Entrepreneurs tell stories. They tell investors about how their business model is unique; they convince consumers about their products’ benefits and they advertise online about how their brands will disrupt the whole industry.
However, there’s just one story that entrepreneurs must never forget to tell, as it’s arguably the most important one for their business to succeed: their own personal story. “When you tell your story, it reveals your values,” says Brian Hardwick, head of messaging and activation for Enso, a Santa Monica, California-based creative agency that’s built campaigns for brands such as Google and the Gates Foundation. “When you connect that to a larger shared value, you really give people a reason to believe in you.”
With a team of 30, Enso aims to help brands amplify their impact on industry and society overall. One of the company’s projects was the launch of Google Fiber in Kansas City in 2012, for which Hardwick and his team asked individuals to describe how a faster Internet connection would help area residents. The campaign was called “Let’s do this for Kansas City.”
Coming from a background as an advocacy strategist–he helped Al Gore found and build his organization to fight climate change–in political campaigns, Hardwick can’t be more bullish on personal story telling. He thinks crafting a powerful back story, as politicians often do, is also essential for entrepreneurs to market their brands. In an interview with Inc., Hardwick gives his top advice for how to become a better story teller and thus a better leader:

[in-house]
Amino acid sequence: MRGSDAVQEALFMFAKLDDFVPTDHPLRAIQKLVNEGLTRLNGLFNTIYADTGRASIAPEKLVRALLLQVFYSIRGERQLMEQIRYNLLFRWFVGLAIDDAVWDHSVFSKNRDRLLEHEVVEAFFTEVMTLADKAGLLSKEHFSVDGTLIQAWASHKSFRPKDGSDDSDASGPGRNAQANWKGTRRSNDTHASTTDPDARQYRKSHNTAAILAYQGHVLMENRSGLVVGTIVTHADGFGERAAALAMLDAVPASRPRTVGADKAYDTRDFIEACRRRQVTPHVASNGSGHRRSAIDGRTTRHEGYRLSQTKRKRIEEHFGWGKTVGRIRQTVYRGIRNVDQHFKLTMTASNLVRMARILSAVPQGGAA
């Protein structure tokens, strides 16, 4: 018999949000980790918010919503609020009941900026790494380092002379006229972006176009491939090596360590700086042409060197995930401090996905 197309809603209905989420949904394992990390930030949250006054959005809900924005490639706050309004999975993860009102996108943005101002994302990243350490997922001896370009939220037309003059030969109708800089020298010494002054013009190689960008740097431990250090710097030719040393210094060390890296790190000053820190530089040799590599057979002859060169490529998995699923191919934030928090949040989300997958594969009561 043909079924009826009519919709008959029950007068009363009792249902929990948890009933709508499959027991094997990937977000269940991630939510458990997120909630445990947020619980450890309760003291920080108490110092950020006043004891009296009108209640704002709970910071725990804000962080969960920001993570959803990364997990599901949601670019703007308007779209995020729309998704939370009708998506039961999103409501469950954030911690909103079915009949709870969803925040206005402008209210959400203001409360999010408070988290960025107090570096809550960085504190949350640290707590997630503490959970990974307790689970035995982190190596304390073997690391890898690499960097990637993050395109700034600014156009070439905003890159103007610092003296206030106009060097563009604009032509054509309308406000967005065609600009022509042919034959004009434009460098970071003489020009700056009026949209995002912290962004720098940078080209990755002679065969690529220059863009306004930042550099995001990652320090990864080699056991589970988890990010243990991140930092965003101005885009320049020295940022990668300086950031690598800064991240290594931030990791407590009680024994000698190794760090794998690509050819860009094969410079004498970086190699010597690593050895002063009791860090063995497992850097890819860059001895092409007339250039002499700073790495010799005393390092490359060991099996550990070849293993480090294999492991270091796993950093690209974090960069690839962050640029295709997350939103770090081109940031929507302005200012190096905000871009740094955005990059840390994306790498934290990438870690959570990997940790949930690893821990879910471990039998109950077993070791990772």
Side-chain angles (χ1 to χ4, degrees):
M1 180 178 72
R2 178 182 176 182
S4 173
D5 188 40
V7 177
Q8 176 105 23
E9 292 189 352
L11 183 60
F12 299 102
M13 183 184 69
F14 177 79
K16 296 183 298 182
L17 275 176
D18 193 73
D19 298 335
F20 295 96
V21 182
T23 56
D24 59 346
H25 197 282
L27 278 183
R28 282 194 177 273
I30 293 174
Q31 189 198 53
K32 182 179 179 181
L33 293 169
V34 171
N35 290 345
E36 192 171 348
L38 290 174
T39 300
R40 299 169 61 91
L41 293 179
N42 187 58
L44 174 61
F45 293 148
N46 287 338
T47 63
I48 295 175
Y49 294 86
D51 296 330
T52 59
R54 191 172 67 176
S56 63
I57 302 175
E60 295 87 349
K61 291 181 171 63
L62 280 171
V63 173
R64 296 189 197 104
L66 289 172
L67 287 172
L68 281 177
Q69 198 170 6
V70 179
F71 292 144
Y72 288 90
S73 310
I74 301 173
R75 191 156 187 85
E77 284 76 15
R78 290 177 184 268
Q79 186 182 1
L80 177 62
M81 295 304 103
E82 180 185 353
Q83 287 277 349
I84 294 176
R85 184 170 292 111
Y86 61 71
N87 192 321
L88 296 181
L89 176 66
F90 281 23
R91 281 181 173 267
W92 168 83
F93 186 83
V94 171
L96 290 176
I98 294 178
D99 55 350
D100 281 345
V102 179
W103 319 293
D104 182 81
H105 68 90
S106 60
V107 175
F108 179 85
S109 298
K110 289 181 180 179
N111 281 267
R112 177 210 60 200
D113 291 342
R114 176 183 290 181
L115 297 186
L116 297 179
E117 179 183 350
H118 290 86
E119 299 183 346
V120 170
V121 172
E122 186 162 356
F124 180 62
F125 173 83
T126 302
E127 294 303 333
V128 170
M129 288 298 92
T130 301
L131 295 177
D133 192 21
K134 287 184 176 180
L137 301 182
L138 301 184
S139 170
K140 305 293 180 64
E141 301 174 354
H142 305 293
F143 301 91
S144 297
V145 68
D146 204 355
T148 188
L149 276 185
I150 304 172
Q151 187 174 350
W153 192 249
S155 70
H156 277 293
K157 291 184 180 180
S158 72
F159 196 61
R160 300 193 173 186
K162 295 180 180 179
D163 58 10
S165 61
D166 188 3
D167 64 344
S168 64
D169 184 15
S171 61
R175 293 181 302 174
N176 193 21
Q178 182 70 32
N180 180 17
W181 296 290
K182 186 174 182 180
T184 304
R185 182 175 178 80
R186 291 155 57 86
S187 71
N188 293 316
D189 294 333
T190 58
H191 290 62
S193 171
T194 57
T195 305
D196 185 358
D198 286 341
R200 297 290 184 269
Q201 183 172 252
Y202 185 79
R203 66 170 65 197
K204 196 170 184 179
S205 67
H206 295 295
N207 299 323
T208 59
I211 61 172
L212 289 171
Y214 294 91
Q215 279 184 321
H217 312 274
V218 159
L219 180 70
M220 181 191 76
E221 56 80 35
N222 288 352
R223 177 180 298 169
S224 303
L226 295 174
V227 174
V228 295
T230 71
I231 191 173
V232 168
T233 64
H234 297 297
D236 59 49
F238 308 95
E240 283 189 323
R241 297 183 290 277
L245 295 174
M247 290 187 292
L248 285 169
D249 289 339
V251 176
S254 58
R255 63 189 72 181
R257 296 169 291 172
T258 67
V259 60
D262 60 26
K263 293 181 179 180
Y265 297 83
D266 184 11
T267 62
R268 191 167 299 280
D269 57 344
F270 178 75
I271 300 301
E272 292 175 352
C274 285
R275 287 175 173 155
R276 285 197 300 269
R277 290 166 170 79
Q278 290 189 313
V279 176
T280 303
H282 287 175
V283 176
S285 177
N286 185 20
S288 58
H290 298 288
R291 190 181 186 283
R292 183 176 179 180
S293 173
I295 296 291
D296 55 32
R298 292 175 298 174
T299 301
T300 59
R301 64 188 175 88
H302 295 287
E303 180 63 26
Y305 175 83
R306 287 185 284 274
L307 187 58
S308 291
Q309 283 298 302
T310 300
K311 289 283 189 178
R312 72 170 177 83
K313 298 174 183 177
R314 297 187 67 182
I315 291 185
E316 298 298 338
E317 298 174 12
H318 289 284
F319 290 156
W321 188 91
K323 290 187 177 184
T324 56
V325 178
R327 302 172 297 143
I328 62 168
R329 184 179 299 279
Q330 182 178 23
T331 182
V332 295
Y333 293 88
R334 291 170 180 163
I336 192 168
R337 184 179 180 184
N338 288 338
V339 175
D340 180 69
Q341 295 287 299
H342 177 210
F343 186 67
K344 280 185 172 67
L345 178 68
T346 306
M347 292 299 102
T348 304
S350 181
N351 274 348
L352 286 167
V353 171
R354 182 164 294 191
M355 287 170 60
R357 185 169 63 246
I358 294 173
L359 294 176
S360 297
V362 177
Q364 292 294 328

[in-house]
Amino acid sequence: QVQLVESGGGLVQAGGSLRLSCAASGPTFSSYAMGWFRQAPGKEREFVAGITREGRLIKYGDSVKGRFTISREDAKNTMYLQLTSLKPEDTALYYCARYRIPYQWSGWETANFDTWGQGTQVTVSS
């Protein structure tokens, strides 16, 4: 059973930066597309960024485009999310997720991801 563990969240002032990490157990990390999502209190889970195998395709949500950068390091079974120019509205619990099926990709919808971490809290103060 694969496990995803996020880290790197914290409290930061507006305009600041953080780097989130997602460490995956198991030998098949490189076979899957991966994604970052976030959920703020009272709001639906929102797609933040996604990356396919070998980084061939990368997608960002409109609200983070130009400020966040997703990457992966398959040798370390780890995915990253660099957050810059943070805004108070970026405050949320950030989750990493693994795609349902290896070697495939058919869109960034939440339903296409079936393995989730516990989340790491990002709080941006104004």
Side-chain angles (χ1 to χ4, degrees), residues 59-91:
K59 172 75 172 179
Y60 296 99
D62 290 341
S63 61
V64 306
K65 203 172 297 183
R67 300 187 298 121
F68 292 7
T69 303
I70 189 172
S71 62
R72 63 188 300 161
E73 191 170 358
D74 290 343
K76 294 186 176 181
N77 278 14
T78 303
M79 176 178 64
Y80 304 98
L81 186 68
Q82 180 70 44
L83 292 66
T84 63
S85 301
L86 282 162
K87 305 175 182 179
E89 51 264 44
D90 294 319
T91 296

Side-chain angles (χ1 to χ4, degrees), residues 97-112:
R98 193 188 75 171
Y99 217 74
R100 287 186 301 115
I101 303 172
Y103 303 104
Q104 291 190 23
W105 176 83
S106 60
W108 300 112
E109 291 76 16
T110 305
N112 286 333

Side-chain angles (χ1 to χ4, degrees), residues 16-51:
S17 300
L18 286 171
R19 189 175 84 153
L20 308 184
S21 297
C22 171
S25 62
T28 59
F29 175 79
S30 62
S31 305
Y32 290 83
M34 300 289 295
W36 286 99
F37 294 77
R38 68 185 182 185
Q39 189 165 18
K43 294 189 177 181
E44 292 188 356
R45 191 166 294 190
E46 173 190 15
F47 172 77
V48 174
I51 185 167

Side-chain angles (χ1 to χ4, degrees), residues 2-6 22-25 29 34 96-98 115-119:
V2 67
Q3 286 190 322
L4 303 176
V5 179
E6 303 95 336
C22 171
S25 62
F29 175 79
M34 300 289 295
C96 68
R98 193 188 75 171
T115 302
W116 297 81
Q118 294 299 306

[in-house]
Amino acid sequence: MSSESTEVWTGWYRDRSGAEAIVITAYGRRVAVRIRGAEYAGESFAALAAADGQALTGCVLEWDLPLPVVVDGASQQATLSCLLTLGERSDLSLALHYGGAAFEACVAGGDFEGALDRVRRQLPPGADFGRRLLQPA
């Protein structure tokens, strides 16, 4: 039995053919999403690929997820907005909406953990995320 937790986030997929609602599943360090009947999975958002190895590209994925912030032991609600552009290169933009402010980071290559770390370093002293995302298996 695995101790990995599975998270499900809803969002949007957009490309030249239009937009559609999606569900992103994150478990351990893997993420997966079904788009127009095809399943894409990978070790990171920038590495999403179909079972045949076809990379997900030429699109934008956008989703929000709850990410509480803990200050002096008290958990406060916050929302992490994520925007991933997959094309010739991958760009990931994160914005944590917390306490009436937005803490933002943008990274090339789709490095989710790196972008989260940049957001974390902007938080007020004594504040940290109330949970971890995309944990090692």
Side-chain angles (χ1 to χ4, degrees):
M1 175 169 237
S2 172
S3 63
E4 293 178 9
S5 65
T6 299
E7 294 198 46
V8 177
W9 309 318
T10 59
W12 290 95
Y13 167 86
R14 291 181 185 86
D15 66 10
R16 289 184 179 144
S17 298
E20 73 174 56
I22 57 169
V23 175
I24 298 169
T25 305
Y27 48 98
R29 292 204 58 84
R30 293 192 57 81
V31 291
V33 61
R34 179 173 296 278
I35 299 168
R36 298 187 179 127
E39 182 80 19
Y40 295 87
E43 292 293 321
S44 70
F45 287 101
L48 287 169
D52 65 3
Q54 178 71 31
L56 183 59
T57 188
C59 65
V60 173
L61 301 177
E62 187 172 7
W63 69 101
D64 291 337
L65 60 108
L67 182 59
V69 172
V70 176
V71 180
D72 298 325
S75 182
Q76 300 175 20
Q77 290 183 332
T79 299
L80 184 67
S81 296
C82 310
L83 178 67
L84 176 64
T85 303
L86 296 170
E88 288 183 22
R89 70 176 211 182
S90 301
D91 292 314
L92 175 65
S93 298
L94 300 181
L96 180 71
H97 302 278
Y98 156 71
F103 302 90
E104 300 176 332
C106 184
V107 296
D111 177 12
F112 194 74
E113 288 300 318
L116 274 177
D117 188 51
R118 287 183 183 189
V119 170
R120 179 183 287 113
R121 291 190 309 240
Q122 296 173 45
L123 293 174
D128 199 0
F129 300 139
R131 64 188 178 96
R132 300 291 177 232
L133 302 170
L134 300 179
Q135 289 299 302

1. Open up about your past.
A good story is not a replication of your resume or your LinkedIn profile, but instead it should include details that people can’t easily spot simply by Googling you. Maybe a childhood memory can connect to what you do now. At age 12, Mark Zuckerberg programmed an instant messaging service that his father used in his dental office. Sharing that part of your story makes you more relatable.
2. Find commonalities.
Carefully think about how your story can be connected to all of the people you are sharing the story with. Good stories resonate. One example that Hardwick gives is that most entrepreneurs will probably have a moment when they find themselves standing at a crossroads, wondering if they should go for the safer solutions or risky paths. Find the common moments and tell your own unique stories.
3. Pull from childhood lessons.
College seemed to be a starting point of many stories. What about all the colorful years before then? Hardwick suggests that you should think about all of the people that have influenced you since your childhood, and what you have learned that help you make all the choices along the way. Never neglect the lessons that your parents or even your grandparents told you, there are always some shared values in those words.
4. Tell your story to everyone.
Don’t wait to tell your stories until the New York Times agrees to interview you. The media will most likely never interview you unless they have heard of your story from someone else first. The best way, Hardwick says, is to tell your story to “everyone”–that includes employees, customers and business partners. Word-of-mouth is probably the best marketing medium for a touching personal story.
5. Don’t rely too much on social media.
Though Twitter or Facebook can be useful to market your products, it may not work that well when telling your own stories. Of course, Hardwick says, social media to some extent reveals your values, but your story will be most powerful if you can tell it in person.
6. Keep it short.
Think about your personal story as a special pitch about your company. You have to keep it short, and right to the point. Hardwick suggests that typically you should keep your story to under five minutes.
7. Don’t be shy.
When you start a company, people are naturally going to be curious about background. They’ll want to know what inspired you to go out on a limb and start a business, as it takes considerable guts to do so. They’ll also want to know whether your history confers qualities that can help you succeed in business. Don’t be shy. After all, you are part of your brand.-by Yolanda Lu